Get your binoculars ready (InfoNews)

Get your binoculars ready for the 216th annual Vernon Christmas Bird Count - InfoNews

For the Birds (Castanet)

For the birds
Castanet Staff - Nov 28, 2016
North America's long-running citizen science project gets underway again in December.

The annual Christmas bird count in Vernon takes place on Dec. 18.

Begun in 1900, “the count focuses on the winter bird population, which is different from summer, as many birds leave our area for warmer climes and other species arrive from the far north,” said Claude Rioux of the North Okanagan Naturalists' Club.

Information is collected by thousands of volunteer participants across North America and is used daily by biologists to assess population trends and distribution of birds. The results of all counts are submitted to Bird Studies Canada and collated for all of the continent.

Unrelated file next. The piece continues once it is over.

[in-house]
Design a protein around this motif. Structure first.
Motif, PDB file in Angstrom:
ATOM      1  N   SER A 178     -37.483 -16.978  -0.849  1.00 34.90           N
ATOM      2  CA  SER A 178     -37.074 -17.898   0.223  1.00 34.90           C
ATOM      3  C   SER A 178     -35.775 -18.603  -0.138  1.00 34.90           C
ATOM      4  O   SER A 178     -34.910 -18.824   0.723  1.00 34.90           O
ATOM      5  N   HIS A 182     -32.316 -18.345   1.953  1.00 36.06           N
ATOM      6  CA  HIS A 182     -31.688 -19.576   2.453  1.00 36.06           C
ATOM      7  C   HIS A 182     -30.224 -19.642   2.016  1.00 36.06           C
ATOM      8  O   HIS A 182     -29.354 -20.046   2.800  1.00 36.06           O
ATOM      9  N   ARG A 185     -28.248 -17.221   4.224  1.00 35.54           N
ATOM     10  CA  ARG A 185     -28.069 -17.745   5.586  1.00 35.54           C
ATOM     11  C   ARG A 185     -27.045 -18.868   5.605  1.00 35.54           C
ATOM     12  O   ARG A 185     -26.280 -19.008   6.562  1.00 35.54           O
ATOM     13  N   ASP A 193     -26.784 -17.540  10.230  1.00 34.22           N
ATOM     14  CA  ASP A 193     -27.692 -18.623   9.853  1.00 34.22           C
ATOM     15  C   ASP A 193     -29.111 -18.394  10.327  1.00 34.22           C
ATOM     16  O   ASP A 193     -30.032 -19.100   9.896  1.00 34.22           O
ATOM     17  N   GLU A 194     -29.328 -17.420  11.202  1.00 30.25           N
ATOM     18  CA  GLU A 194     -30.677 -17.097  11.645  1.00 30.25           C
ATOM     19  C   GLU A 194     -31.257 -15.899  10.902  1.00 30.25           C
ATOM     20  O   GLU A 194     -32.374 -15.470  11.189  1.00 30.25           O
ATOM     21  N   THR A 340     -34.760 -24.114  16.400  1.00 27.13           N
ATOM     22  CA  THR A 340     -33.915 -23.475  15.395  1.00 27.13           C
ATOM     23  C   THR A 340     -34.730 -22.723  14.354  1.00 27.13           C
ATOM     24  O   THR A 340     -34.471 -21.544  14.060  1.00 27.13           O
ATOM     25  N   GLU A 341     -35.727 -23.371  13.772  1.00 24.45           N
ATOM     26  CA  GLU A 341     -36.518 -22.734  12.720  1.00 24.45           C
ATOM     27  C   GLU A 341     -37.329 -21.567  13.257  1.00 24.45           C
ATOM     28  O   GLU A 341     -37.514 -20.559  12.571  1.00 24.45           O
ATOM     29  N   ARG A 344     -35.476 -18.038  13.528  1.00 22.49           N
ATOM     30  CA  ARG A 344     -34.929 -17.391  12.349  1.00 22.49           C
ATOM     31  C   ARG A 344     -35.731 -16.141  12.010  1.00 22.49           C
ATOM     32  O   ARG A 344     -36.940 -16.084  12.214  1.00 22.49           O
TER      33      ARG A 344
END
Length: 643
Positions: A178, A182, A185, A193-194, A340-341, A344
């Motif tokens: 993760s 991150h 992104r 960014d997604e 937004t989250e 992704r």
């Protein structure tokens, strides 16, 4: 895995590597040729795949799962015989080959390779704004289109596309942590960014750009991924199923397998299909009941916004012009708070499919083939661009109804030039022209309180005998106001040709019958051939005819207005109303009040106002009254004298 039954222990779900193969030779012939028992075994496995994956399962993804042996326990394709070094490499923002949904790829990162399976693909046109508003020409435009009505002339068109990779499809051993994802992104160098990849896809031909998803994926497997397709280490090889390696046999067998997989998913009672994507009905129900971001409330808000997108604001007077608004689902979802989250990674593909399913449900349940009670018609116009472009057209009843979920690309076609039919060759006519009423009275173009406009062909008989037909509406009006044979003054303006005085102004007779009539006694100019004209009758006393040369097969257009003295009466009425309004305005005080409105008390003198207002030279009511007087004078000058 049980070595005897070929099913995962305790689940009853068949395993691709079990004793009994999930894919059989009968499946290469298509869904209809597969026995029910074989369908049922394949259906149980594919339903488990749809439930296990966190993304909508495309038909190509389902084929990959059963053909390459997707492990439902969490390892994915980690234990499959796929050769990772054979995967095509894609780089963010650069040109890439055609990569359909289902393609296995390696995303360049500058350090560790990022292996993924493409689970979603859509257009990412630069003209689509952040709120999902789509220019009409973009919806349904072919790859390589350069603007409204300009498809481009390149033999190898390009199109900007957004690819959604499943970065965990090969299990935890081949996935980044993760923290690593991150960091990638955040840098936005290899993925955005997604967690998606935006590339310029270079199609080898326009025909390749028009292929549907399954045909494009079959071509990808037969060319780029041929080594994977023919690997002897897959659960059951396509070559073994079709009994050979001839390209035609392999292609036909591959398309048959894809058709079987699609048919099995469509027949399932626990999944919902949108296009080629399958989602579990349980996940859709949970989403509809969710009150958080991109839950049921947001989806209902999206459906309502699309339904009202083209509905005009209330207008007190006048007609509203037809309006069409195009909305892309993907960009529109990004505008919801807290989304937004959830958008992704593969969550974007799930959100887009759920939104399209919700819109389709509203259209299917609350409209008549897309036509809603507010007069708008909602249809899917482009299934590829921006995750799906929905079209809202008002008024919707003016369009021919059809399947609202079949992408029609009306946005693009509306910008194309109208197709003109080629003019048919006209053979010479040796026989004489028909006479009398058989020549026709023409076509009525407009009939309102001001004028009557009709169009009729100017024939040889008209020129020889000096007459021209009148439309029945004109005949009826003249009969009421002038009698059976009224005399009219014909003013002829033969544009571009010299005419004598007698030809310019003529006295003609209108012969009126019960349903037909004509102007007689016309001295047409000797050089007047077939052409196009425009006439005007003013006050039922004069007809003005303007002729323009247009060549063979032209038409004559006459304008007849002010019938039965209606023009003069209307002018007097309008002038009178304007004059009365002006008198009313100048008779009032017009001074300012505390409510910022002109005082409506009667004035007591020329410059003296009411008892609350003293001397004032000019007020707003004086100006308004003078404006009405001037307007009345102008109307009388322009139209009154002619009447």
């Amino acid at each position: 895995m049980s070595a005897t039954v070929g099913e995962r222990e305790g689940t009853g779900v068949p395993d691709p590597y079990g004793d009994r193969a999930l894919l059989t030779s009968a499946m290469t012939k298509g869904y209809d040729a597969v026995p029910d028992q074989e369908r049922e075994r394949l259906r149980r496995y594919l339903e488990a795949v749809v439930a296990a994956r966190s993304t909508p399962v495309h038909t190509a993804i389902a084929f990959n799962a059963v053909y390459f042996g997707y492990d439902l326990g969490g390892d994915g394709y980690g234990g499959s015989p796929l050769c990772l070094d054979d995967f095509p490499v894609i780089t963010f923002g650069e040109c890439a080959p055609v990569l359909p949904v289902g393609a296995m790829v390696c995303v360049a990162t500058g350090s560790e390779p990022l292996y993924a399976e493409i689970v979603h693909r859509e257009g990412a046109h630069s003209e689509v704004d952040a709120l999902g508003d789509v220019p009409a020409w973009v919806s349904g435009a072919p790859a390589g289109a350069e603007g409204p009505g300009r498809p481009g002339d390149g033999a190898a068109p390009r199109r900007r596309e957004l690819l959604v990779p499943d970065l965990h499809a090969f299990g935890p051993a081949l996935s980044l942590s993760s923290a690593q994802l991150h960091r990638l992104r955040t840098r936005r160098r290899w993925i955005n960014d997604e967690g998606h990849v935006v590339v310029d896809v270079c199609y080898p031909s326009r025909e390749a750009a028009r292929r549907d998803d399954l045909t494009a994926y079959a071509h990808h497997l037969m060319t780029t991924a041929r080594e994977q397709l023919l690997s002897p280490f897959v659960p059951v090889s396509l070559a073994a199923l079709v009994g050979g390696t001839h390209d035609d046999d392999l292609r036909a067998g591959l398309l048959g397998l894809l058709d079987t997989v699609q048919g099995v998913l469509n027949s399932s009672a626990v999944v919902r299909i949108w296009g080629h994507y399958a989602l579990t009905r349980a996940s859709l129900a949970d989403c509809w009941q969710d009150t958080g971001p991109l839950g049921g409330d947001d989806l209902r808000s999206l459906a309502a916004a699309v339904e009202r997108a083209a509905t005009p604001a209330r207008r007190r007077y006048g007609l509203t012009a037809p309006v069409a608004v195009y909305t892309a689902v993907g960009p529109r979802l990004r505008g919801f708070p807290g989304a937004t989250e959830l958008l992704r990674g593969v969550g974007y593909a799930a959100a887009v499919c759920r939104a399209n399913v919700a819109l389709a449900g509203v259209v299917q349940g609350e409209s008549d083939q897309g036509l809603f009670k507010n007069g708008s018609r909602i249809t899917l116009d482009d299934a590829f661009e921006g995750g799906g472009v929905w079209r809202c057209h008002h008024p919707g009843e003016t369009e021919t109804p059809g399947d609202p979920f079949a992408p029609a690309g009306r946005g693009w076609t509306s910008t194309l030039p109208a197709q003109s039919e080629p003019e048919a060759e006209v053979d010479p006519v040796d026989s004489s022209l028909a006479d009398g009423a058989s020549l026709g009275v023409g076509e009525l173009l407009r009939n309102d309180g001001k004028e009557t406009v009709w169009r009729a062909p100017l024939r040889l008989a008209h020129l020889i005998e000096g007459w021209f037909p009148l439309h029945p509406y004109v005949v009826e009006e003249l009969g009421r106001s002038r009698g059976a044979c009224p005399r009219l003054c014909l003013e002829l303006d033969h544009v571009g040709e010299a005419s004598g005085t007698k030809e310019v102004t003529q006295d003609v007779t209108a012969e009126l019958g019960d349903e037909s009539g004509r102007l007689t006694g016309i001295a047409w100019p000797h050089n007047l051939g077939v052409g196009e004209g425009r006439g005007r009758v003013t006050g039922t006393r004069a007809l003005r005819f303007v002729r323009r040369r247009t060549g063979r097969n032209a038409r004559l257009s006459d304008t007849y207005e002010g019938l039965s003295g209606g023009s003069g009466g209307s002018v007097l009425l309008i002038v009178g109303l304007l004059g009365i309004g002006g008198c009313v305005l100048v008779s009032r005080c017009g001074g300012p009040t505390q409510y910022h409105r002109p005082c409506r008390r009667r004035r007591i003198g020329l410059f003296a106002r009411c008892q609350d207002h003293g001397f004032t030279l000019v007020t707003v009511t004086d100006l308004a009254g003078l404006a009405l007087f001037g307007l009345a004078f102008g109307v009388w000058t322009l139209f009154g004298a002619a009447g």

The Christmas bird count is completed in a single day within a previously established 24-kilometre diameter area.

The naturalists club is inviting all interested people, new and experience birders, to take part and come equipped with binoculars or a camera.

To take part or for further information contact Peter Blokker, the North Okanagan's Christmas bird count coordinator by email: or telephone 250-545-8297.

NONC Celebrates 65 years

North Okanagan Naturalists’ Club celebrates 65 years of activity - InfoNews

Media Coverage Nov. 15/16

Media Coverage, November 15th

Global Okanagan



Ministry Announces Construction Go Ahead

Safety improvements drive Stickle Road intersection project
November 15, 2016

Following the results of an independent third-party safety study and extensive community engagement, the Ministry of Transportation and Infrastructure is moving forward on improvements to the Highway 97 and Stickle Road intersection north of Vernon.